Welfare Drug Tests Yield These Unsurprising Results-Tennessee Republicans Are Schooled

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In what should come as no surprise, the results of recent welfare drug tests in Tennessee have disproven a cruel stereotype often directed at our nation’s poorest. The results indicate that the overwhelming majority of people requiring public assistance in the state of Tennessee are not actually on drugs. According to Think Progress:

‘Out of 39,121 people who have applied for Families First in Tennessee benefits since the state instituted drug tests in mid-2014, just 65 have tested positive for narcotics. Only 609 of those applicants have even been asked to pee in a cup, because so few applicants give responses to a drug questionnaire that trigger urine tests. The positive test results amount to a 10.7 percent drug use rate among those tested, and the number of tests ordered amounts to just 1.6 percent of the total applicant pool. If the state’s drug screening questionnaire is as effective at gauging risk as the state thinks it is, then its two-layered testing system has revealed that just 0.2 percent of welfare applicants can’t pass a drug test.’

So yes, the results indicate that the drug-addicted welfare recipient is nothing more than a right-wing media myth intended to demonize our nation’s poorest people for political gain. All in all, the taxpayers spent $23,592 to find out that only 0.2 percent of their state’s welfare recipients can’t pass a drug test.

As State representative Sherry Jones explains, “obviously the numbers don’t justify the cost.” Jones’s comments are inline with many other voices in the past who have criticized the tests as wasteful. Many of these voices, like my own, probably made their points before stomping out of the room in frustration after somebody inevitably makes the awful point that employers also administer drug tests before hiring new workers. Likening a welfare application to a job application is, of course, absurd, but it’s a point many have bought into, allowing these programs to get off the ground in spite of their unconstitutional insanity.

Was that all money well-spent though? Were the costs worth preventing a small amount people from receiving public funds after breaking the law? Unfortunately, that depends on who you ask. Not everybody is willing to let go of their misperceptions about welfare recipients that easily.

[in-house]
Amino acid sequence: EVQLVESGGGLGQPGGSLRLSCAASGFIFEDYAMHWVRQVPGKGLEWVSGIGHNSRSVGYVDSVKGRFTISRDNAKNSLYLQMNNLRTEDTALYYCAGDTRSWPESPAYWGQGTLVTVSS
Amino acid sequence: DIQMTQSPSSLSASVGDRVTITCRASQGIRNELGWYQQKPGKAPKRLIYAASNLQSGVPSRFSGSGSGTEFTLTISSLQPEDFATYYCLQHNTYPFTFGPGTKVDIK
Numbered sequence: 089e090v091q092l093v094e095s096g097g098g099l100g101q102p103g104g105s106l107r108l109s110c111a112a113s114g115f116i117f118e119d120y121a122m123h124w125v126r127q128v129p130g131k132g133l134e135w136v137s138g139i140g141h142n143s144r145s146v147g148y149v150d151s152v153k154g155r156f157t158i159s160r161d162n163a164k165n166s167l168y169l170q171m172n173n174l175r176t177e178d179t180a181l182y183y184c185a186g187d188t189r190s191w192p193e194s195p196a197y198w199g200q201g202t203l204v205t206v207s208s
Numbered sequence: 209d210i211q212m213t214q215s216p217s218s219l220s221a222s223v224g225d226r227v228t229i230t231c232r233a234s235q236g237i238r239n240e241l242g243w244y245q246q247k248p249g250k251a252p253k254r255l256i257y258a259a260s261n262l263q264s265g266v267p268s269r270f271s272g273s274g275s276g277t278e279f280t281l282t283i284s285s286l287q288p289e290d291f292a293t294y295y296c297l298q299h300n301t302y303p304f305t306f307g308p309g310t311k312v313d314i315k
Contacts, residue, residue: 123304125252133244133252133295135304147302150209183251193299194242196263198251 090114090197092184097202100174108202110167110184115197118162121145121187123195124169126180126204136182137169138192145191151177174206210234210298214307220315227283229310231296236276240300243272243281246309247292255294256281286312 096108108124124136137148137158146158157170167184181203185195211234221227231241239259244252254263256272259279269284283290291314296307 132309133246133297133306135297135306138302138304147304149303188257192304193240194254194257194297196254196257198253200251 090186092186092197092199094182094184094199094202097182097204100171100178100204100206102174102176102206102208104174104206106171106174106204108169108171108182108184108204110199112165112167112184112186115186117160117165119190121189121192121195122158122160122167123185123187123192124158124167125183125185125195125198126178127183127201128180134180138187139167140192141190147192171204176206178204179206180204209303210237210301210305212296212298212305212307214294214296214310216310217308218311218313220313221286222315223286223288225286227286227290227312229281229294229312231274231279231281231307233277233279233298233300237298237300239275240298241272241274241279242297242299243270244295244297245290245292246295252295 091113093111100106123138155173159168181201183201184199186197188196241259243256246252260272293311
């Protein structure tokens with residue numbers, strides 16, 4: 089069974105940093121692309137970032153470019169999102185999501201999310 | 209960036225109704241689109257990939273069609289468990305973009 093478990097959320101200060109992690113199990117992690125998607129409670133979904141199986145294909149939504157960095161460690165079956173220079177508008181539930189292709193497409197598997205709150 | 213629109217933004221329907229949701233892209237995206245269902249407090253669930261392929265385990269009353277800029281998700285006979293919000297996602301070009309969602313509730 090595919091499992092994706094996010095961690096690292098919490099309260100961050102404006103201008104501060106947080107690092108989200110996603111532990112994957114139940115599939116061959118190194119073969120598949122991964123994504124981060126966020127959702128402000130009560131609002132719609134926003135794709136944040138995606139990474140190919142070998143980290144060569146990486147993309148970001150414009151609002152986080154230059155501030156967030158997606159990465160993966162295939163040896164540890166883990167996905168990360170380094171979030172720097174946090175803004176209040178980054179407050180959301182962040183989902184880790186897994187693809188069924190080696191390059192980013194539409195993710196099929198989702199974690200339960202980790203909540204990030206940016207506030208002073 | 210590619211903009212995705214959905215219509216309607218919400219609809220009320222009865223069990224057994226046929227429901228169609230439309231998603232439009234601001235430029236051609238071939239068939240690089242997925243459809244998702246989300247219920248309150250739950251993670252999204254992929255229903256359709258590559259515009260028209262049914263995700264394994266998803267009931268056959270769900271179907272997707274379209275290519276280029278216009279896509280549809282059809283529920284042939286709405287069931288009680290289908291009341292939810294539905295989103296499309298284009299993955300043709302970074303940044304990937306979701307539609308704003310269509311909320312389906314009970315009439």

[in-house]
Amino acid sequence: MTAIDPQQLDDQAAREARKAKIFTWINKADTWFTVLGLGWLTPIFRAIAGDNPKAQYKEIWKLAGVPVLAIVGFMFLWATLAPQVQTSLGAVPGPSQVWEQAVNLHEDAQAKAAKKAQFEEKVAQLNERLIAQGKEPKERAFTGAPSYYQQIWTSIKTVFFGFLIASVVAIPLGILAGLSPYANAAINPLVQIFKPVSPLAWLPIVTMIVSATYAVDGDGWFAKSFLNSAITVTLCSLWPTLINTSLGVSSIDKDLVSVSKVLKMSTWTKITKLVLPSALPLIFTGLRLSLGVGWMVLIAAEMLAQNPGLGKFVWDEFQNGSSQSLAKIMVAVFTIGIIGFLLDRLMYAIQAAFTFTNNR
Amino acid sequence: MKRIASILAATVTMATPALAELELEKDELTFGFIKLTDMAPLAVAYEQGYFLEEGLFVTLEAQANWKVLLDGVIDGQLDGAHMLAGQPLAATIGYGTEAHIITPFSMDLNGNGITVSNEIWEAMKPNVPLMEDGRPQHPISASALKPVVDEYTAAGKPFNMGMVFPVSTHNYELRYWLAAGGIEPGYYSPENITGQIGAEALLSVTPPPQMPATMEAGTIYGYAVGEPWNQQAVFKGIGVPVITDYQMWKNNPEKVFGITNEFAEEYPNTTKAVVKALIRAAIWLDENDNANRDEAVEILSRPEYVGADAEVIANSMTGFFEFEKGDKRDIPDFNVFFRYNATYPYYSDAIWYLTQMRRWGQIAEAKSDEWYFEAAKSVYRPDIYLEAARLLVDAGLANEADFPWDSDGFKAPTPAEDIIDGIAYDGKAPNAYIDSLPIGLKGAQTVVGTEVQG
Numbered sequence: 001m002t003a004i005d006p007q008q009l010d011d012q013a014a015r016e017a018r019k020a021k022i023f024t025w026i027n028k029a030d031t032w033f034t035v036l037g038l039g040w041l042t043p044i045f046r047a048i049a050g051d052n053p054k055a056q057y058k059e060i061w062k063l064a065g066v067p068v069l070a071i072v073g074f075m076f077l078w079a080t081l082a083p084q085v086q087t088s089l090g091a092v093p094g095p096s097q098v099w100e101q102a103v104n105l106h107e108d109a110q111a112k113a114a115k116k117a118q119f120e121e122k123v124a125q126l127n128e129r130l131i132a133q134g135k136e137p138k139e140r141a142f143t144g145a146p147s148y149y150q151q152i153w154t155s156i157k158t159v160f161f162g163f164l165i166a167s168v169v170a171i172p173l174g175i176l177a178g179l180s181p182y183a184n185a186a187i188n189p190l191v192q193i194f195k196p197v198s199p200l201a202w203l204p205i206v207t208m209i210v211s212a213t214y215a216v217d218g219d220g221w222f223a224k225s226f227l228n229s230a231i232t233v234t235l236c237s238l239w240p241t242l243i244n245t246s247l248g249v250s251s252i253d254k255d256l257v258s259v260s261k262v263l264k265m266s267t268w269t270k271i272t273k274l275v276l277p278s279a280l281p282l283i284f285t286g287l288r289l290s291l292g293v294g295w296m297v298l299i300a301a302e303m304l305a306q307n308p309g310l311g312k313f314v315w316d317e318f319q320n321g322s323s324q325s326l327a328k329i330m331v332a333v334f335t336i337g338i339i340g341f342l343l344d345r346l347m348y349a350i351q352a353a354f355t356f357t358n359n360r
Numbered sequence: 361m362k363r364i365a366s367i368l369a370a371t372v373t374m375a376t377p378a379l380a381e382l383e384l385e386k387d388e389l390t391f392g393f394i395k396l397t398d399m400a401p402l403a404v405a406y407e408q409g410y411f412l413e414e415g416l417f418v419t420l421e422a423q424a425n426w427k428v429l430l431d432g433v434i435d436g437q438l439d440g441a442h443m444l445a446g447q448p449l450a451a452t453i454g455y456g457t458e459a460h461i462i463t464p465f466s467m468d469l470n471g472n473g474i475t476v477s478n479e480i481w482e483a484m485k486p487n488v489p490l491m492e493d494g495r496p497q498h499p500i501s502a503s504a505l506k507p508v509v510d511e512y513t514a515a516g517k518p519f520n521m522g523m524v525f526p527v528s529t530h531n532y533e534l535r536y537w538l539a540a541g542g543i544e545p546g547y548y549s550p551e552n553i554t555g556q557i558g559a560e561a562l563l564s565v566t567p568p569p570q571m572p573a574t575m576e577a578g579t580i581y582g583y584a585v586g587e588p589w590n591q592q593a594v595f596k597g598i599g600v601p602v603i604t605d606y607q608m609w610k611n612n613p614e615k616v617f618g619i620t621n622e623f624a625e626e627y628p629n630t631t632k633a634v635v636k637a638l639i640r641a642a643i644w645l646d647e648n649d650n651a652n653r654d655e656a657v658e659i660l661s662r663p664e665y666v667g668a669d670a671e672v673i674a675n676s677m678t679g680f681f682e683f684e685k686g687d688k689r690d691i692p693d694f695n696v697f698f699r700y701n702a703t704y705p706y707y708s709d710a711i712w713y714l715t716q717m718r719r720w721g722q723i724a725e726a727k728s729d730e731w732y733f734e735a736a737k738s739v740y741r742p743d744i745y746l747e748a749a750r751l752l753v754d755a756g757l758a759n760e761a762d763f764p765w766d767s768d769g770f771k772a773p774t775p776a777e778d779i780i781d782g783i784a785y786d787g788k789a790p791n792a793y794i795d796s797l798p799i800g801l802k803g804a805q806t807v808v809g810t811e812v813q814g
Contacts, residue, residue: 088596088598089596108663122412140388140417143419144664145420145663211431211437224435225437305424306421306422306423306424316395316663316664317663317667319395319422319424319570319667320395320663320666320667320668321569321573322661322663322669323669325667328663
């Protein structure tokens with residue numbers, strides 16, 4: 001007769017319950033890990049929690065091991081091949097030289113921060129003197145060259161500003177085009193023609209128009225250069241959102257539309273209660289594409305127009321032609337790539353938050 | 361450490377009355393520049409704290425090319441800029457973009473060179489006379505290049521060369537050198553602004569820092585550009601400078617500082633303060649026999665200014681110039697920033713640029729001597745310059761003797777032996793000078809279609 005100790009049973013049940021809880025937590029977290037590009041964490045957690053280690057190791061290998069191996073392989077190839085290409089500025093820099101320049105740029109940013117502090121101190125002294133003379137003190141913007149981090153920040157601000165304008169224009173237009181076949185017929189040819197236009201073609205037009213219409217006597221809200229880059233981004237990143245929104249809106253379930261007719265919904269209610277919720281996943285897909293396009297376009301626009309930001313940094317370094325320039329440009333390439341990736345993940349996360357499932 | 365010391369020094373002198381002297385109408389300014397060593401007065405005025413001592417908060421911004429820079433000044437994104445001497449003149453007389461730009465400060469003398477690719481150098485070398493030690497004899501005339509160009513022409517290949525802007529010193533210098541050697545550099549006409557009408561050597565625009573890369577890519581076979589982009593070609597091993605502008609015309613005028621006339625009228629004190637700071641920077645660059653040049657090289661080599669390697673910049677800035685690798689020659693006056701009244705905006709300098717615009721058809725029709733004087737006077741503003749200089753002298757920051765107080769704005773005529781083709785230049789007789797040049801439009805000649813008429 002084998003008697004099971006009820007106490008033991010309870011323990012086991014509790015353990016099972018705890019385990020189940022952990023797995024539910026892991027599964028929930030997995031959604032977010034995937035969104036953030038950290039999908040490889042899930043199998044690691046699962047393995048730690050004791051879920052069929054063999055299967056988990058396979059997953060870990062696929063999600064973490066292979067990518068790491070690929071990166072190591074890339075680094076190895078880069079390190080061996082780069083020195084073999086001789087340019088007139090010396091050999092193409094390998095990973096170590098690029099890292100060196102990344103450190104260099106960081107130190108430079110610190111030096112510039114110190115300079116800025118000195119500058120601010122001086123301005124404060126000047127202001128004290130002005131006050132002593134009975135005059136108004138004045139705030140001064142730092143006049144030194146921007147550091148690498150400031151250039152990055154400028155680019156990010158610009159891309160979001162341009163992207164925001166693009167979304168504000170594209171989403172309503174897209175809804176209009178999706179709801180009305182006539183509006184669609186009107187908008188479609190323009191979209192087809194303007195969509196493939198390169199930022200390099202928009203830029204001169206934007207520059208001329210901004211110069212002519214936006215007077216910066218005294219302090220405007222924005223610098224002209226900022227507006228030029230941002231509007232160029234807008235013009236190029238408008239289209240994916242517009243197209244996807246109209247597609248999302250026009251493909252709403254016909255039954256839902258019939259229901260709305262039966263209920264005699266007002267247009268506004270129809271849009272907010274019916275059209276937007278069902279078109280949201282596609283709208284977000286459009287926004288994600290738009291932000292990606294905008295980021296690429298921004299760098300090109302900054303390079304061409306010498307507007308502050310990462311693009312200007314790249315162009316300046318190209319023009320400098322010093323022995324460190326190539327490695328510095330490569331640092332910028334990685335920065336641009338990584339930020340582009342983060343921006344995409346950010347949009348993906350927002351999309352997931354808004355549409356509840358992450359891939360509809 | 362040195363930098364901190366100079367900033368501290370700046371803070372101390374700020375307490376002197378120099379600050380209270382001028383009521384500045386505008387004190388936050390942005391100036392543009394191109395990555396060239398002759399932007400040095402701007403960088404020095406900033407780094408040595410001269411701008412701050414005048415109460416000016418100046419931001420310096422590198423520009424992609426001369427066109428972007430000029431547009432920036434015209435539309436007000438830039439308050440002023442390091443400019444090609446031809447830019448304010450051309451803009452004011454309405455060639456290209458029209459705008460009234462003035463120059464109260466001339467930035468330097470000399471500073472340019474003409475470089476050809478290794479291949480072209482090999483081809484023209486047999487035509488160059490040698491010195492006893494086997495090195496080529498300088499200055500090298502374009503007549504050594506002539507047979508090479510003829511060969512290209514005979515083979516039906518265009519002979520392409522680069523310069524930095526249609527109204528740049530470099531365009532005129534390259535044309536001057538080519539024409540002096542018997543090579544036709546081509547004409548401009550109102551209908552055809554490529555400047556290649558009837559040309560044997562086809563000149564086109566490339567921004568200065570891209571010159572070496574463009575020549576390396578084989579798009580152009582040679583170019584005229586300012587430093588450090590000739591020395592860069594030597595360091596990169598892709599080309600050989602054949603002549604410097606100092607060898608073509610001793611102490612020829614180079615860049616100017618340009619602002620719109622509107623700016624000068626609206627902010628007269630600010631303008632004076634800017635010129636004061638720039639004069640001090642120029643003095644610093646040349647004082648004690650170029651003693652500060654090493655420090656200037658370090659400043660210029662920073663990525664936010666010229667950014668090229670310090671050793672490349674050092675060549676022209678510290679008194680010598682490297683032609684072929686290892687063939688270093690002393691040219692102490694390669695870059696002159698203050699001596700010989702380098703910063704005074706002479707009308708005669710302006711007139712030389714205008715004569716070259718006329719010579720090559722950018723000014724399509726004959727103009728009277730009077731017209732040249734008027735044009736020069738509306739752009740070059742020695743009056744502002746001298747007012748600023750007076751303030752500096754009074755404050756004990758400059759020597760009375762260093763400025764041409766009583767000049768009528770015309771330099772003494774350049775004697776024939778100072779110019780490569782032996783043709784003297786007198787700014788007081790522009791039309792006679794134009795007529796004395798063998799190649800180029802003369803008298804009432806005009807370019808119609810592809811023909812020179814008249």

For some, the evidence can be spun in exactly the opposite direction, completely undermining what it clearly confirms. Rep. Glen Casada, who voted in favor of the bill, told The Tennessean the following:

‘When you add up the 116 (who refused to go through drug screening) to the 65 people (who failed a drug test), that’s 175 or 180 people no longer receiving taxpayer-funded support for illegal activities. It’s a good investment that those who receive support at the largesse of taxpayers should not be using it to fund illegal activities.’

Trying to save working families a small amount of money is all well and good, but does it ever occur to welfare drug testing proponents that denying them the ability to meet basic subsistence is essentially denying them a right to live like the rest of us? Do they really think that denying the basic subsistence needs for 175 people just because they have a drug problem is in any way humane, especially when 70% of drug users are actually employed and fully functioning in our society? Why don’t we drug test our politicians while we’re at it?

Of course, it could easily be argued that a more effective redirection of the money currently invested in welfare drug testing would be into expanding the capacity for addiction treatment centers across the country. But I guess it’s easier just to shame poor people instead, even when the vast majority of them don’t have the time or money to support a drug problem to begin with. Making a serious effort to address the larger social problems that lead to drug addiction is just too much work anyway. But hey, it’s actually the welfare recipients who are being lazy, am I right? Pee in the cup.

Featured image by Micah Baldwin via Flickr, under a creative commons license.